Forum for Science, Industry and Business

Sponsored by:     3M 
Search our Site:

 

Genetic ancestry: A new look at racial disparities in head and neck cancer

27.09.2010
Head and neck cancer outcomes associated with race may be more closely linked to social and behavioral factors than biological differences, especially for African Americans, according to a new Henry Ford Hospital study.

Researchers found that while those who self-reported to be African American are at greater risk for late stage cancer, there was no correlation between patients' genetic ancestry and cancer stage or survival.

In fact, the study shows only 5 percent of patients who self-reported to be African American had more than 95 percent West African ancestry.

"We believe this is the first piece of evidence using genetic race to take a closer look at outcomes with respect to stage – early or late – and survival in patients with head and neck cancer," says study lead author Maria J. Worsham, Ph.D., director of research in the Department of Otolaryngology at Henry Ford Hospital.

"We know that African Americans are disproportionately diagnosed with late-stage cancer and have worse outcomes than Caucasians. While there has been no real consensus on the causes for this difference, it is possible access to care, stage at diagnosis and insurance status may be factoring into the equation."

Study results will be presented Sept. 26 at the American Academy of Otolaryngology–Head & Neck Surgery Foundation Annual Meeting in Boston.

In 2009, there were an estimated 35,720 new cases of head and neck squamous cell carcinoma (HNSCC) and approximately 7,600 deaths. Smoking and alcohol use are the primary risk factors for this type of cancer.

African Americans are more likely to be diagnosed with late-stage HNSCC and have worse survival than Caucasians. It's unknown whether significant biological rather than socioeconomic differences account for some of the disparities in outcomes.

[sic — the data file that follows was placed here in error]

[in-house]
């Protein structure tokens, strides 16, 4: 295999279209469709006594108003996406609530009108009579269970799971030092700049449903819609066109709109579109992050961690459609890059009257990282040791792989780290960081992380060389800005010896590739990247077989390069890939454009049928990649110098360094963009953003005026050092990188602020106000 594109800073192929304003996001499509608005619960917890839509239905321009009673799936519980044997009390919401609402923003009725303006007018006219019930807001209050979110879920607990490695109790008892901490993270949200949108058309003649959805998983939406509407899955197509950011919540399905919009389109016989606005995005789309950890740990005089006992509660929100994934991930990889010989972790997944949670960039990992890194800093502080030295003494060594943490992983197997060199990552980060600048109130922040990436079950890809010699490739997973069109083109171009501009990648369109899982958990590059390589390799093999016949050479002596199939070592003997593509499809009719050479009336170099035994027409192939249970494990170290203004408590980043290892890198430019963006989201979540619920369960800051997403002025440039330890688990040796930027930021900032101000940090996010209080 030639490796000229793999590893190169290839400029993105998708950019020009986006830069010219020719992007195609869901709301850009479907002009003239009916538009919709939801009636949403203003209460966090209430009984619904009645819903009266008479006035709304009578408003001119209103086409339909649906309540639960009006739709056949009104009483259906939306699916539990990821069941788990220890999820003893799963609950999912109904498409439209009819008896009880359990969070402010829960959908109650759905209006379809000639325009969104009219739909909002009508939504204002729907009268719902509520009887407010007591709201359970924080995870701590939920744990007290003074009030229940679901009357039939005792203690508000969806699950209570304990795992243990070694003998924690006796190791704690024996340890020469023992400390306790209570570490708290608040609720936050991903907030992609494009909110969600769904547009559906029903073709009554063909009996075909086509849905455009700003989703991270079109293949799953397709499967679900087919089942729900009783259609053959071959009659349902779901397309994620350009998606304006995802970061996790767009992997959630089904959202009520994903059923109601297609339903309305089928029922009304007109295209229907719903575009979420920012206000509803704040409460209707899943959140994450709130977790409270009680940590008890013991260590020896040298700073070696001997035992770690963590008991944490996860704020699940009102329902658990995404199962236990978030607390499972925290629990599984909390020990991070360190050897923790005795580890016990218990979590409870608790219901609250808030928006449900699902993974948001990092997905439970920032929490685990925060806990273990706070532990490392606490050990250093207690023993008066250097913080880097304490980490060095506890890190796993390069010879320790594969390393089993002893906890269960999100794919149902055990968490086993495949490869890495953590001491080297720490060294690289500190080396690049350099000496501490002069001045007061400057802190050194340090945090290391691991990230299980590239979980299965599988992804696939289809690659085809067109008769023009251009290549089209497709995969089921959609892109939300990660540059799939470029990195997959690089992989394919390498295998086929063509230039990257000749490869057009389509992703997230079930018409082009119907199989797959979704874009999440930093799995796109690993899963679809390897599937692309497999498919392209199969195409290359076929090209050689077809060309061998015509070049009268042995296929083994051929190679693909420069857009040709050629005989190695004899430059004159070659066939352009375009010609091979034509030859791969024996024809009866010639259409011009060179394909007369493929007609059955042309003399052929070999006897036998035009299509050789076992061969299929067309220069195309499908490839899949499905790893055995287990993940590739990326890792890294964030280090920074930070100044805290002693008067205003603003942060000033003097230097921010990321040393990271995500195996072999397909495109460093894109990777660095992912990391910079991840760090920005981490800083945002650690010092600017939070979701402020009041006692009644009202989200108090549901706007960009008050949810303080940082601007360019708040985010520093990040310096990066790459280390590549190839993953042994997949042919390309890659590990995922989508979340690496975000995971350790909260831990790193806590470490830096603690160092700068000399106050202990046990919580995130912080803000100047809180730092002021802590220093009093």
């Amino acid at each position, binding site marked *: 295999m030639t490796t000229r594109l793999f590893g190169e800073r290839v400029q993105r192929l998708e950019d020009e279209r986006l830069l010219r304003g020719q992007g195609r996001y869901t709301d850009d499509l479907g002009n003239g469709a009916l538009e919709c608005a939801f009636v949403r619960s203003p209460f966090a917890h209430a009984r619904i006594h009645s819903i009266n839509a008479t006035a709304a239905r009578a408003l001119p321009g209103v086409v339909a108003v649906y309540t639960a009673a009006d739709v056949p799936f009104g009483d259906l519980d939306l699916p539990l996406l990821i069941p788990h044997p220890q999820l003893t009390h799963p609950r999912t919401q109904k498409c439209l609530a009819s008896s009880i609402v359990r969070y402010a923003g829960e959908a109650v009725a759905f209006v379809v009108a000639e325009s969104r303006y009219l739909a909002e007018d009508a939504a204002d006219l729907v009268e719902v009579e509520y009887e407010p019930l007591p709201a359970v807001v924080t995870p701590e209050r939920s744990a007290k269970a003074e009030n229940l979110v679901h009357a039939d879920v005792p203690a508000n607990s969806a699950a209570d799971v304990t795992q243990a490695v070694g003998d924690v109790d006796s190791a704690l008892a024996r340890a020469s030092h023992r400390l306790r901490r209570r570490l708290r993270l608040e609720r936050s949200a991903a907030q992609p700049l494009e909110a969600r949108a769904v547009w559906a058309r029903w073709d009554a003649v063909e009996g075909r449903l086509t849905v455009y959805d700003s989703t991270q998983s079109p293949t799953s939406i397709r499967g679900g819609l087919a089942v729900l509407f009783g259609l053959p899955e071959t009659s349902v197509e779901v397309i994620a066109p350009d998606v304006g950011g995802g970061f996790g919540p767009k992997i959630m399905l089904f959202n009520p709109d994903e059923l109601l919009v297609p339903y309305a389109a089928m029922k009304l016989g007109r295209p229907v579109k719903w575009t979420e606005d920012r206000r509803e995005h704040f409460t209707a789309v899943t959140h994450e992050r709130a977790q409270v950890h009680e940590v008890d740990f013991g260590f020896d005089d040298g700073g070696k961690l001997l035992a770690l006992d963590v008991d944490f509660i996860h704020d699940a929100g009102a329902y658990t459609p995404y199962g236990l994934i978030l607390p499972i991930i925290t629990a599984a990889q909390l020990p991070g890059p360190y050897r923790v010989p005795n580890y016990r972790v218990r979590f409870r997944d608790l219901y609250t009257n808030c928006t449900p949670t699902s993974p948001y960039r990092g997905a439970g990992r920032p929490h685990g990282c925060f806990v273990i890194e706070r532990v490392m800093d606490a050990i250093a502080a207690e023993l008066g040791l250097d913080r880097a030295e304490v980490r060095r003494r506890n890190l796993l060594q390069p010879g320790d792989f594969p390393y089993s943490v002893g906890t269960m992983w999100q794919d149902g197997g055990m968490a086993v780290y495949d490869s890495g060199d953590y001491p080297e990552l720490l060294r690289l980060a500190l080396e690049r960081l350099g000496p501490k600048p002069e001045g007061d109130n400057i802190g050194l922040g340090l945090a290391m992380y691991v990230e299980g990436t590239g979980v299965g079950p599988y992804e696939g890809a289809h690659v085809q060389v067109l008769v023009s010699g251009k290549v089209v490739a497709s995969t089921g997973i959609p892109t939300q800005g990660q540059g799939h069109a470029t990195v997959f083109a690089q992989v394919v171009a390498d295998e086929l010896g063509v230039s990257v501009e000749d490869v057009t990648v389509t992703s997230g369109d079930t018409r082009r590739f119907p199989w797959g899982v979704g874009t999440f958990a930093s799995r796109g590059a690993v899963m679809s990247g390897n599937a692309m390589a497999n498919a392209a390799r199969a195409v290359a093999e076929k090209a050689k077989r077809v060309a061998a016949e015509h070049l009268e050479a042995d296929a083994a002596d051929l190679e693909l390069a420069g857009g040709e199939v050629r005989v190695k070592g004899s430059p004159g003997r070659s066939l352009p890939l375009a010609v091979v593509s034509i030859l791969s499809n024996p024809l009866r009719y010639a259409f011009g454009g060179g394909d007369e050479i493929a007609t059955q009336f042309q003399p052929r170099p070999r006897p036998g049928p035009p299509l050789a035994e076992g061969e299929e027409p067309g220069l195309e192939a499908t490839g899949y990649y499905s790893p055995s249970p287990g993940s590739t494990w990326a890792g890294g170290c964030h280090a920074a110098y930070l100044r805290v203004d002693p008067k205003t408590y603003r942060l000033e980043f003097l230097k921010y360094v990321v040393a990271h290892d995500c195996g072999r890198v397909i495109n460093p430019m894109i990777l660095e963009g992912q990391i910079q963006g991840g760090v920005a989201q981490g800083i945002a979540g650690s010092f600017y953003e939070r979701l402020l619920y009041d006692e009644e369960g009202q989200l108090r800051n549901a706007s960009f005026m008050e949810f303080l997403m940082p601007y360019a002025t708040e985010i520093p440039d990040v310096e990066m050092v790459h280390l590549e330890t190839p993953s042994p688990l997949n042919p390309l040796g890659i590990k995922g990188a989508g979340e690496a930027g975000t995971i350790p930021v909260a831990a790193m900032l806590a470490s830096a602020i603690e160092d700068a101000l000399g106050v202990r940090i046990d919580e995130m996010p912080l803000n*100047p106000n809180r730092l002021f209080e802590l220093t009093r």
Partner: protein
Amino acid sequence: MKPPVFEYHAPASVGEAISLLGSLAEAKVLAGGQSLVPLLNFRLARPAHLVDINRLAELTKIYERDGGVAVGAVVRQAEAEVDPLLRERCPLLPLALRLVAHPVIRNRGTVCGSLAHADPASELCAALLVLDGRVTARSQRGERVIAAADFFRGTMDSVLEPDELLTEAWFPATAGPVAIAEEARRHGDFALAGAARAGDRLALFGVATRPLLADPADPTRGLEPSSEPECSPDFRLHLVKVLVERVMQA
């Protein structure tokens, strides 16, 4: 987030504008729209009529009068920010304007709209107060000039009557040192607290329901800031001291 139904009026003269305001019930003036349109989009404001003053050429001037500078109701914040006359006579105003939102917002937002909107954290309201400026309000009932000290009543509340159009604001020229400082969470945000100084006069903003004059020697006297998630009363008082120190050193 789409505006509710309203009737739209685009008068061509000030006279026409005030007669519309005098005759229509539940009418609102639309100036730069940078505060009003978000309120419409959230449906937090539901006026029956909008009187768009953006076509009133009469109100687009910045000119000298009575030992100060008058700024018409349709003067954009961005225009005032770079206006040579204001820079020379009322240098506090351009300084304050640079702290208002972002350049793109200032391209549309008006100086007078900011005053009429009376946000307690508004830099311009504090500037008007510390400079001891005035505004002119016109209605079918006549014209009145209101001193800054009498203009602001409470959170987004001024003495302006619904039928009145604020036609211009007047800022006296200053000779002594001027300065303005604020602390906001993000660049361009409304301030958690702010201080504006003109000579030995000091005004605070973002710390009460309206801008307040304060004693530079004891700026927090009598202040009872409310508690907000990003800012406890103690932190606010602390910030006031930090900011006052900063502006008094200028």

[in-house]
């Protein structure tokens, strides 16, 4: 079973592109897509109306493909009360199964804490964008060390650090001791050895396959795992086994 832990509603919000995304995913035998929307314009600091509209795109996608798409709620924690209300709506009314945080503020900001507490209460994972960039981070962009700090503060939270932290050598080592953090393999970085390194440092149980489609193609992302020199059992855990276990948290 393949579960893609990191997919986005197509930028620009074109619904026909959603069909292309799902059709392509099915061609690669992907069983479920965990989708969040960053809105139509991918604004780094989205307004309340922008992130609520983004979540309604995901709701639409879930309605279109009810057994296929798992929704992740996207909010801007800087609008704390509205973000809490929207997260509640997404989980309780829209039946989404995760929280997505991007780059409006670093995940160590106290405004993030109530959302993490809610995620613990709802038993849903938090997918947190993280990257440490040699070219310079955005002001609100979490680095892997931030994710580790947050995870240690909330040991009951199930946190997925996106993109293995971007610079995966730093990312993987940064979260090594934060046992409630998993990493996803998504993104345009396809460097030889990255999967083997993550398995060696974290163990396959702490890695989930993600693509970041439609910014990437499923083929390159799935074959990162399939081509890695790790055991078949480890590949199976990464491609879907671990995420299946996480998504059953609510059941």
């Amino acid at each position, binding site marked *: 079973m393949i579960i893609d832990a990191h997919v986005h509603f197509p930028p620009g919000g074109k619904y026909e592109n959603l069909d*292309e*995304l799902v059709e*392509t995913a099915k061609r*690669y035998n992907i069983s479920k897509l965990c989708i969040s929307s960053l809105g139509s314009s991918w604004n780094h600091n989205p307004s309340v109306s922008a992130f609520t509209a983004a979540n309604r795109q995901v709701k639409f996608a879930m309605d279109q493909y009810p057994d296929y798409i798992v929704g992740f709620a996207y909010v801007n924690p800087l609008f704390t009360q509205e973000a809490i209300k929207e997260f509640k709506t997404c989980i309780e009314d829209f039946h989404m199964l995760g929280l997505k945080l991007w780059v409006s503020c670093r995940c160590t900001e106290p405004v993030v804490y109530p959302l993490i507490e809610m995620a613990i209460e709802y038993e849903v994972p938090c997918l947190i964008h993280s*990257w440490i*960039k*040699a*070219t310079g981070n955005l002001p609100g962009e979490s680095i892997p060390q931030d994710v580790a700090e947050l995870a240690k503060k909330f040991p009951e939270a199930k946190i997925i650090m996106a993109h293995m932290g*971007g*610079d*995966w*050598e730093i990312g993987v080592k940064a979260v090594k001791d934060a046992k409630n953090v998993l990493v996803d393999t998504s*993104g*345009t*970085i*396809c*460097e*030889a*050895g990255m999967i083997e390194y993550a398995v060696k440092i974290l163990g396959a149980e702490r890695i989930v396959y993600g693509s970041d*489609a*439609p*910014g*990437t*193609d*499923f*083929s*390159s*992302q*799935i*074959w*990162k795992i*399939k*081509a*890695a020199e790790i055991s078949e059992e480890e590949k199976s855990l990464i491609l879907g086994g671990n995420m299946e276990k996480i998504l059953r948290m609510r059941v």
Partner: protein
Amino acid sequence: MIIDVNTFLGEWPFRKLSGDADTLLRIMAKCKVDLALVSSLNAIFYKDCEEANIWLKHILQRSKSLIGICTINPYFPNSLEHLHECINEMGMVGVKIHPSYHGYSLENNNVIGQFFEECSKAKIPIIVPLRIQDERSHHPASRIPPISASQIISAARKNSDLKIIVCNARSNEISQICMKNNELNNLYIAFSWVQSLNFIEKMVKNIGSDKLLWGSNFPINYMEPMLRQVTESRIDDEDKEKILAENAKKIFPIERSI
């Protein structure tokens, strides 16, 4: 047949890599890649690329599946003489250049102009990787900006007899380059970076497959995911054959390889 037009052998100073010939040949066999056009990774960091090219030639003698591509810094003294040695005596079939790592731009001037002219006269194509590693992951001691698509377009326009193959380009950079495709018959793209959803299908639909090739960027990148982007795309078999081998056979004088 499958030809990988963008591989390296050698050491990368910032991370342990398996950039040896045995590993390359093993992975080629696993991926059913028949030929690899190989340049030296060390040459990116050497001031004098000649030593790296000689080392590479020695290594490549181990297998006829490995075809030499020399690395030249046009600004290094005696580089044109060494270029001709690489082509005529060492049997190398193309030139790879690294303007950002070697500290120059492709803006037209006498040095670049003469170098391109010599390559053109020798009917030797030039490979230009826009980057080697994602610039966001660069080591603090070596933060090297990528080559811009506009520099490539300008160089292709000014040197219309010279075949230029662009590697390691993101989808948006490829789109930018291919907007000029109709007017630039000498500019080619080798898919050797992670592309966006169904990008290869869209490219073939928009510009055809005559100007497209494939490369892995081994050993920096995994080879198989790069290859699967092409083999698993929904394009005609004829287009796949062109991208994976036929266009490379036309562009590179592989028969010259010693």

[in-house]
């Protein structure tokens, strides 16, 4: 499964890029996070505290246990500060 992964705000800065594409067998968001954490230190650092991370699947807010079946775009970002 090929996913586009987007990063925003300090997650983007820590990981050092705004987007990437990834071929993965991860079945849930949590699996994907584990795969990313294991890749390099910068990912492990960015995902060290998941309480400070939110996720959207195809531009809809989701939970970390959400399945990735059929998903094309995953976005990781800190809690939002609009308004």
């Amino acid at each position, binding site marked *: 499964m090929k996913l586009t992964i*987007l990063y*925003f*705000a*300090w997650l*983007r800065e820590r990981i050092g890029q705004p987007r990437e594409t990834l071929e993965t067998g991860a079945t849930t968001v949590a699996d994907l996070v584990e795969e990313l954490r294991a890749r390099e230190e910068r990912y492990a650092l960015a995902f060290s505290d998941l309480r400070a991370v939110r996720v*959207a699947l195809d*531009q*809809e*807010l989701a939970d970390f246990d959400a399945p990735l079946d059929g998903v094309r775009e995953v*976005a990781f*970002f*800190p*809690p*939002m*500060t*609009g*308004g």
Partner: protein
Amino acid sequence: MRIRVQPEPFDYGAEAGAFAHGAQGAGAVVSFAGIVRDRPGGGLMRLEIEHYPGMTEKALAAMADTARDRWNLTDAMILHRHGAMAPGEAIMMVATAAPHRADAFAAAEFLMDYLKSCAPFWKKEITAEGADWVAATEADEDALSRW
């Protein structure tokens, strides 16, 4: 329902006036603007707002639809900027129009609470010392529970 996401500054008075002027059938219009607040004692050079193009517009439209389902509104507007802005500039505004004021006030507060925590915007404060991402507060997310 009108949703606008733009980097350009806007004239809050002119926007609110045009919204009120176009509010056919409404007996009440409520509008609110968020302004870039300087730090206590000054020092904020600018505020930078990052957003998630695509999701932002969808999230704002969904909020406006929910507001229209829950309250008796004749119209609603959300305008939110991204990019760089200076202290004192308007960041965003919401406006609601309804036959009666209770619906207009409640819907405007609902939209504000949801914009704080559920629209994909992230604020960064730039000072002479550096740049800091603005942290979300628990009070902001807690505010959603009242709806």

Since self-reported race doesn't always offer a complete picture of a person's biologic make-up, Dr. Worsham and her colleagues set out to compare patients' self-reported race with their genetic ancestry to determine if there is any connection to head and neck cancer outcomes.

The study included 358 patients; 37 percent were African American.

The researchers examined diagnosis (late versus early stage) and overall survival for African Americans with HNSCC based on self-reported race and genetic West African ancestry.

During the past decade, many groups have developed and characterized sets of single nucleotide polymorphism markers that can distinguish genetic ancestry among major ethnic groups such as Asian and West African, called ancestry information makers (AIMs).

For the study, genetic ancestry was based on a panel of 100 AIMs to estimate genetic background.

"Using these genetic markers gives you additional statistical power. It's no longer two just categories - Black or White; it becomes a continuous variable. Race is not equal to genetics. Genetic markers don't define specific races," says Dr. Worsham.

Ultimately, the study found no correlation between West African genetic ancestry and HNSCC outcomes. Only self-reported race was associated with head and neck cancer stage.

Only 5 percent of self-reported African Americans had more than 95 percent West African ancestry, with 27 percent having less than 60 percent West African ancestry. By comparison, 48 percent who self-reported as Caucasian had more than 95 percent European American ancestry.

"The goal of using genetic ancestry is not to point out differences, but relatedness," says Dr. Worsham. "Health disparities within certain racial groups are very real, and what we're trying to achieve in terms of learning more about head and neck cancer is a leveling of the playing field to better diagnose and treat patients."